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Trump Worker Bias Rule Gets Rare Challenge From Hill Democrats

March 23, 2021, 9:26 PM

The chairs of the Senate and House labor committees moved to repeal a rule governing how employers can resolve workplace bias claims, in what appears to be Democrats’ first attempt since regaining control of the Senate to undo a regulation imposed toward the end of the Trump administration.

Sen. Patty Murray (D-Wash.) and Rep. Bobby Scott (D-Va.) filed resolutions to disapprove the Equal Employment Opportunity Commission’s so-called conciliation rule under the Congressional Review Act. The law allows Congress to strike last-minute regulations if both chambers approve it.

President Donald Trump and congressional Republicans repealed more than a dozen Obama administration regulations at the beginning of his presidency under the law.

The EEOC regulation mandated the agency turn over more data about its determination that an employer discriminated against a worker in the conciliation process, which is offered as an alternative to litigation.

The EEOC’s five-member leadership panel finalized the rule in January and published it in the Federal Register before Biden’s inauguration.

The initiative, proposed by Trump-nominated former EEOC Chair Janet Dhillon, drew praise in January from employer representatives seeking more transparency from the agency and criticism from workers’ rights groups concerned about businesses potentially gaining an unfair advantage at the negotiating table.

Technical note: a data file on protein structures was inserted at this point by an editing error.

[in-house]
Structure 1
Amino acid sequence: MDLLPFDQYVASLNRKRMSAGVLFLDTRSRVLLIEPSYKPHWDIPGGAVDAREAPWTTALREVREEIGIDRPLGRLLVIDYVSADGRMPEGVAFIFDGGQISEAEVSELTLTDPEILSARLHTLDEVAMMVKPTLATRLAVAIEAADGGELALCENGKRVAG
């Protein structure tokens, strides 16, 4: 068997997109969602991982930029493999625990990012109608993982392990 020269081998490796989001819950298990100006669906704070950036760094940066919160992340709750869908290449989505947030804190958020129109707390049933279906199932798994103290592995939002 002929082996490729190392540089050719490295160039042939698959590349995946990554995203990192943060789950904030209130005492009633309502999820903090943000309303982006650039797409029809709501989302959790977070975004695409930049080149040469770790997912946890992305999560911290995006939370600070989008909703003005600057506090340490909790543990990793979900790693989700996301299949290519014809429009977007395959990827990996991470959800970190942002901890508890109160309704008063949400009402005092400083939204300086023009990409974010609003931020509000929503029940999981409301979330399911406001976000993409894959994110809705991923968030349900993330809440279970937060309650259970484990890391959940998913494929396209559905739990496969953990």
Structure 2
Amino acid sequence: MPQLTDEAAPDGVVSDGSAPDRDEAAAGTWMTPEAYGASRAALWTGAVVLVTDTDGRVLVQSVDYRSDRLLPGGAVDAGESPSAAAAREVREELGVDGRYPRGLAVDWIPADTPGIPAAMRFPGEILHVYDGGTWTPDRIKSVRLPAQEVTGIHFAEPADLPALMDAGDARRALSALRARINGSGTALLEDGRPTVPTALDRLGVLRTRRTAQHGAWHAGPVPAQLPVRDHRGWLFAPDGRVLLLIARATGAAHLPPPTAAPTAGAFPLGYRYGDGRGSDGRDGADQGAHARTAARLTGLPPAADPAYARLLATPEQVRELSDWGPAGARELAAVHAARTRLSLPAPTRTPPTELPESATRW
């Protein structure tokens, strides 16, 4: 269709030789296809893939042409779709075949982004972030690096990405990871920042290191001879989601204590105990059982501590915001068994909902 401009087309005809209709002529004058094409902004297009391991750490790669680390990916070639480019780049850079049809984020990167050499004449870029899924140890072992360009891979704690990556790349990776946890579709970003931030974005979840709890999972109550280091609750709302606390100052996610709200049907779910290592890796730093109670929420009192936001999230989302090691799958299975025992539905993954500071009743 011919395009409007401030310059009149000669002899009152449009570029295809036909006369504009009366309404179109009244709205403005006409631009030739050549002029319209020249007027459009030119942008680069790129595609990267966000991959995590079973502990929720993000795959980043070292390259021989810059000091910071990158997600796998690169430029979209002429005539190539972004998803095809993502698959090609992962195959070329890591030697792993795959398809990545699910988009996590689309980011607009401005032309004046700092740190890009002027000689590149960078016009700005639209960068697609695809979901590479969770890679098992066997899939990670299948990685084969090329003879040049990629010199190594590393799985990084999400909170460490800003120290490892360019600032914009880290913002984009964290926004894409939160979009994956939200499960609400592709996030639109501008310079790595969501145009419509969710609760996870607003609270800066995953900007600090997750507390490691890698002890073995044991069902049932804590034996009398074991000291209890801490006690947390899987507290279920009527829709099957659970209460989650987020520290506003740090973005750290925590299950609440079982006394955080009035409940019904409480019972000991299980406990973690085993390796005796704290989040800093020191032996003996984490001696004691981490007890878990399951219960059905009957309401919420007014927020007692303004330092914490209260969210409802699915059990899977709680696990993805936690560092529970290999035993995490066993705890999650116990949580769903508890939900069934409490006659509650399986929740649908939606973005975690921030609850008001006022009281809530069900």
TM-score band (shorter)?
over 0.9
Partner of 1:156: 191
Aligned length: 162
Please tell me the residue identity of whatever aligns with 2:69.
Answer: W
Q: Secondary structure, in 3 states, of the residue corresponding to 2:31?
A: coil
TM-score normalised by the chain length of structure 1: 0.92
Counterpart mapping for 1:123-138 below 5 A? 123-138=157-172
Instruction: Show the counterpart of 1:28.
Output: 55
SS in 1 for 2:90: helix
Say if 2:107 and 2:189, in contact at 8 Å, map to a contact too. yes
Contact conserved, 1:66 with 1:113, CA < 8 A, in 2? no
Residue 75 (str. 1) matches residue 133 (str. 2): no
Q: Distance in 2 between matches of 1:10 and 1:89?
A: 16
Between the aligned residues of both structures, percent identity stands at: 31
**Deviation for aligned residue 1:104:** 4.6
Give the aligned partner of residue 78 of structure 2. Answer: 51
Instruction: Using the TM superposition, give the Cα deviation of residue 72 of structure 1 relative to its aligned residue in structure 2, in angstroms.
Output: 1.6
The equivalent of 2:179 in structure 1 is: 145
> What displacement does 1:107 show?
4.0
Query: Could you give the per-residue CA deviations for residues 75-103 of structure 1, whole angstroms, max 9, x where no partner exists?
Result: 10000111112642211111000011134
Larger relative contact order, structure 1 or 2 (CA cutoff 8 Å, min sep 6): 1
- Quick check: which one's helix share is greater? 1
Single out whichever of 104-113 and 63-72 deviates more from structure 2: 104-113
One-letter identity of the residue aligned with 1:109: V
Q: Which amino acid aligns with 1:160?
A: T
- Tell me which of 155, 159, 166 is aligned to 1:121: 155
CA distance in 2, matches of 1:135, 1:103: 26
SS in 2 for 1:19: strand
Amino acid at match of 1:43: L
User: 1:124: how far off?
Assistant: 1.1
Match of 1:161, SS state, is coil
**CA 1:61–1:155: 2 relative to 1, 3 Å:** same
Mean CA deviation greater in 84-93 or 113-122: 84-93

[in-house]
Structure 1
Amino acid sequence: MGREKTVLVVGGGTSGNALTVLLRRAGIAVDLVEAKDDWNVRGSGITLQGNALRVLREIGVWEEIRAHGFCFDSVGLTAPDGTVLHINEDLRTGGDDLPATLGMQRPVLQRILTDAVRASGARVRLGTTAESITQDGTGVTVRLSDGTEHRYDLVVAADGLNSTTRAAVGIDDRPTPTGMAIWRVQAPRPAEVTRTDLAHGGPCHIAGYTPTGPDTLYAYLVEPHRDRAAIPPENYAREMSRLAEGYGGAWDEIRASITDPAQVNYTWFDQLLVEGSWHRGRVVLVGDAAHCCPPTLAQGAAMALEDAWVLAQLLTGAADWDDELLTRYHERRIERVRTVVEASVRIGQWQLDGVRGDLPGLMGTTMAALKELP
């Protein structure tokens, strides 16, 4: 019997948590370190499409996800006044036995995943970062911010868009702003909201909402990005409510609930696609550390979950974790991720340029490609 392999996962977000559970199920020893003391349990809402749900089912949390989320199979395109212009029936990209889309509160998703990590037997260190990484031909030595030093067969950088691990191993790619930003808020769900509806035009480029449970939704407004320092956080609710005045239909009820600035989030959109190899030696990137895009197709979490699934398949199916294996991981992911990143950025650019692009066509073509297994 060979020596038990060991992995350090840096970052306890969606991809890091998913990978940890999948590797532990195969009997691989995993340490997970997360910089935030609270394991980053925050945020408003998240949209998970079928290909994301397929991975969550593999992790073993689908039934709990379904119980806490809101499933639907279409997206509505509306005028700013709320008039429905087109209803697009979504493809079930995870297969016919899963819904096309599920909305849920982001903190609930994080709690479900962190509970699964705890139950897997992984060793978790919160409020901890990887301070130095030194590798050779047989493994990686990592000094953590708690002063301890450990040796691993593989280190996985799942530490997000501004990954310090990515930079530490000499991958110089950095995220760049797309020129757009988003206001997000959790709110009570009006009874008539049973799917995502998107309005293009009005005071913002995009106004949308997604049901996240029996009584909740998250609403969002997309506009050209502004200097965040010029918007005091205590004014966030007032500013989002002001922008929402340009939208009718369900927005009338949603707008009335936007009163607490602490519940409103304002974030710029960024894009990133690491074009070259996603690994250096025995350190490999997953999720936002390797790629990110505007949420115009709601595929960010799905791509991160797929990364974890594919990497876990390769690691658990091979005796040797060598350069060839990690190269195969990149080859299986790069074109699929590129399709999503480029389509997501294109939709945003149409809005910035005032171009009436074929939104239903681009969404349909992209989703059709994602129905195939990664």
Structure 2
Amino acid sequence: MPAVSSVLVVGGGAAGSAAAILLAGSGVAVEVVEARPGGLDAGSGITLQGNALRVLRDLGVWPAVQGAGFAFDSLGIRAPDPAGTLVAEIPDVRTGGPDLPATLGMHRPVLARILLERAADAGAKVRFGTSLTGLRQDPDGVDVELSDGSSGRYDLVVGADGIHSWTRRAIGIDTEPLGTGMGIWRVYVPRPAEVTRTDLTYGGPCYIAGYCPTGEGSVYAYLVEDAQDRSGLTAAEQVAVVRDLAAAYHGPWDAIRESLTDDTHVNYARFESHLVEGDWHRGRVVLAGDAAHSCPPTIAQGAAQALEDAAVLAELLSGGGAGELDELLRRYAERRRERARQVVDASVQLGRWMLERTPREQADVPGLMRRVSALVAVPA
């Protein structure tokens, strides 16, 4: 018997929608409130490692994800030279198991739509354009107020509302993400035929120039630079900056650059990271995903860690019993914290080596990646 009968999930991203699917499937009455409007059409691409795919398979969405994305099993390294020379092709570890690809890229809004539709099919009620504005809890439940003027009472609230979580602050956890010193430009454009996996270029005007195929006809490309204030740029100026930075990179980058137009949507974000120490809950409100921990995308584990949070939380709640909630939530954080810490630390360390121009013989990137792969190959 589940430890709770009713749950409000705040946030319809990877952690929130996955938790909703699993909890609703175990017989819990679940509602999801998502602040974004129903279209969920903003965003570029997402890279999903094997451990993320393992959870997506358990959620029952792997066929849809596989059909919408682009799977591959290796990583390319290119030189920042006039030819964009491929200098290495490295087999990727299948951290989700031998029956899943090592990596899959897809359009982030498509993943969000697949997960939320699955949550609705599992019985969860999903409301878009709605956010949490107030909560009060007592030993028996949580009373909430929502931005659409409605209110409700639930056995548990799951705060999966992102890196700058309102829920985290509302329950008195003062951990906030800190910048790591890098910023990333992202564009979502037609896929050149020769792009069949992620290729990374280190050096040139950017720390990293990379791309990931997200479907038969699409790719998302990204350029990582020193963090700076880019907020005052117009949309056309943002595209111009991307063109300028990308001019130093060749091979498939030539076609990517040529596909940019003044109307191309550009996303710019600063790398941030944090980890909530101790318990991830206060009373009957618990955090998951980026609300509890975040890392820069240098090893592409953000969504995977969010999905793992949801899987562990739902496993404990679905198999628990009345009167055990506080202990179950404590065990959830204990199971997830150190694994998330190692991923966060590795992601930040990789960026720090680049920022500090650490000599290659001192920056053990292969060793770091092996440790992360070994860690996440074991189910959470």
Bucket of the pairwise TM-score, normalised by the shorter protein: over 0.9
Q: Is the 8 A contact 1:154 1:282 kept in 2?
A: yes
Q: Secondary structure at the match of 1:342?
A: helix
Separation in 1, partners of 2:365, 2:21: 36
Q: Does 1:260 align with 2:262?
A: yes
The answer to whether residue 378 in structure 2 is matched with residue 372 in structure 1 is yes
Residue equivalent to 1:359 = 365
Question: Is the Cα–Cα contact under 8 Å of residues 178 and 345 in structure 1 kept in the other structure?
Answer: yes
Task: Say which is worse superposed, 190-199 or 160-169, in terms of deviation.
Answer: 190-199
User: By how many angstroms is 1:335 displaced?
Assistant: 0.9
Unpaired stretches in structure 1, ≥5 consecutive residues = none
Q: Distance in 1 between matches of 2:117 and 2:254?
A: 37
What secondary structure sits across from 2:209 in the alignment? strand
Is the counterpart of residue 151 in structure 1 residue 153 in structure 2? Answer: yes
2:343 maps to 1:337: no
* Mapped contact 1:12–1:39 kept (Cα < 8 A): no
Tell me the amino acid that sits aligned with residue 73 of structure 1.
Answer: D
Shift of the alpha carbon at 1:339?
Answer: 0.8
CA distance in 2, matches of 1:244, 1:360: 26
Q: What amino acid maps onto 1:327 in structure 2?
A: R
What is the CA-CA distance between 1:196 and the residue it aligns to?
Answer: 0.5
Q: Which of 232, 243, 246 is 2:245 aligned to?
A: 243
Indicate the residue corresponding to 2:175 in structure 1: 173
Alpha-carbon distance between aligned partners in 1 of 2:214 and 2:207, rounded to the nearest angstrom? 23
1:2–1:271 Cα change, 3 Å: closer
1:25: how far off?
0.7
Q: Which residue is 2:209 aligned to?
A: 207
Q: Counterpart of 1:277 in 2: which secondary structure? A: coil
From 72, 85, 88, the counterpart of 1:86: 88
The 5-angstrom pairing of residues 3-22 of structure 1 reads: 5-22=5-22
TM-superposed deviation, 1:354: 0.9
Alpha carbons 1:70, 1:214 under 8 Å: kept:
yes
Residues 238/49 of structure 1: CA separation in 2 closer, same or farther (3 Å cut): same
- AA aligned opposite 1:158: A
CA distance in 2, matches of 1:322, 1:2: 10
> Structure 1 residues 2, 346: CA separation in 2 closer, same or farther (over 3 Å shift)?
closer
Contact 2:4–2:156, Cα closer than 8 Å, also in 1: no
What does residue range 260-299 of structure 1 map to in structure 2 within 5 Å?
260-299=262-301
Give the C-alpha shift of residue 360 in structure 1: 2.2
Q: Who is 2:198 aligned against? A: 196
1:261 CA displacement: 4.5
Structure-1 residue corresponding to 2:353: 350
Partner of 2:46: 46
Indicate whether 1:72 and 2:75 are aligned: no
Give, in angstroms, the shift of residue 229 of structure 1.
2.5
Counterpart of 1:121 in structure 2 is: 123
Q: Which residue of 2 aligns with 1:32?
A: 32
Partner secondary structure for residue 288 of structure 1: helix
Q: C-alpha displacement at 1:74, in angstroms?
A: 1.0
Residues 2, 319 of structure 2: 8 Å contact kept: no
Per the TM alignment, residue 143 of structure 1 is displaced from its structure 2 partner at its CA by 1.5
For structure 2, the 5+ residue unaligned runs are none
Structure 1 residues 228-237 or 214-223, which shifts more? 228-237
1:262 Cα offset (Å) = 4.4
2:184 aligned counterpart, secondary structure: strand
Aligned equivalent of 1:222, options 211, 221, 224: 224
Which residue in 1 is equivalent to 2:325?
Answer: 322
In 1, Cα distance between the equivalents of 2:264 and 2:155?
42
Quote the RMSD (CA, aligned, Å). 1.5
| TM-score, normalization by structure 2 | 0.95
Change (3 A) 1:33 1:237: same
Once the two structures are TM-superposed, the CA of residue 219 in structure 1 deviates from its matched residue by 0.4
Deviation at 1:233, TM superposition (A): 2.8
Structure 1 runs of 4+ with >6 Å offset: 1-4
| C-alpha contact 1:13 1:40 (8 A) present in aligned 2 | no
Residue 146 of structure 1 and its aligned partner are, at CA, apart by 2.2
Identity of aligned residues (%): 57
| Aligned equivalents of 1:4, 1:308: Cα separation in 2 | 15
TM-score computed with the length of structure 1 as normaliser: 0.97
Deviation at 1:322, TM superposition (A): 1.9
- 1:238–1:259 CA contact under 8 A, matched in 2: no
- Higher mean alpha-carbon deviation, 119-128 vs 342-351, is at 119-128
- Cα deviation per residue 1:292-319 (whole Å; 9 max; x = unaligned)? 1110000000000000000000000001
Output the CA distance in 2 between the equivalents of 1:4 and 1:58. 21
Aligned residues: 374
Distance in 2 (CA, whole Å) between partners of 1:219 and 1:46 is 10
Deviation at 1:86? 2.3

When the EEOC paused Trump-era rules to comply with a White House order to halt any pending regulations, the agency said the final conciliation rule would take effect as planned, on Feb. 16.

“The Conciliation Rule harms workers and undercuts enforcement of workplace civil rights laws,” EEOC spokesperson Christine Nazer said. “Overturning this rule through the Congressional Review Act would strengthen the federal government’s ability to protect civil rights.”

The process of rolling back effective regulations generally requires either a time-consuming rulemaking effort or, for more recently-issued rules, Congress to pass a resolution of disapproval under the CRA.

To contact the reporters on this story: Paige Smith in Washington at psmith@bloomberglaw.com; Courtney Rozen in Washington at crozen@bgov.com

To contact the editors responsible for this story: Bernie Kohn at bkohn@bloomberglaw.com; Andrew Harris at aharris@bloomberglaw.com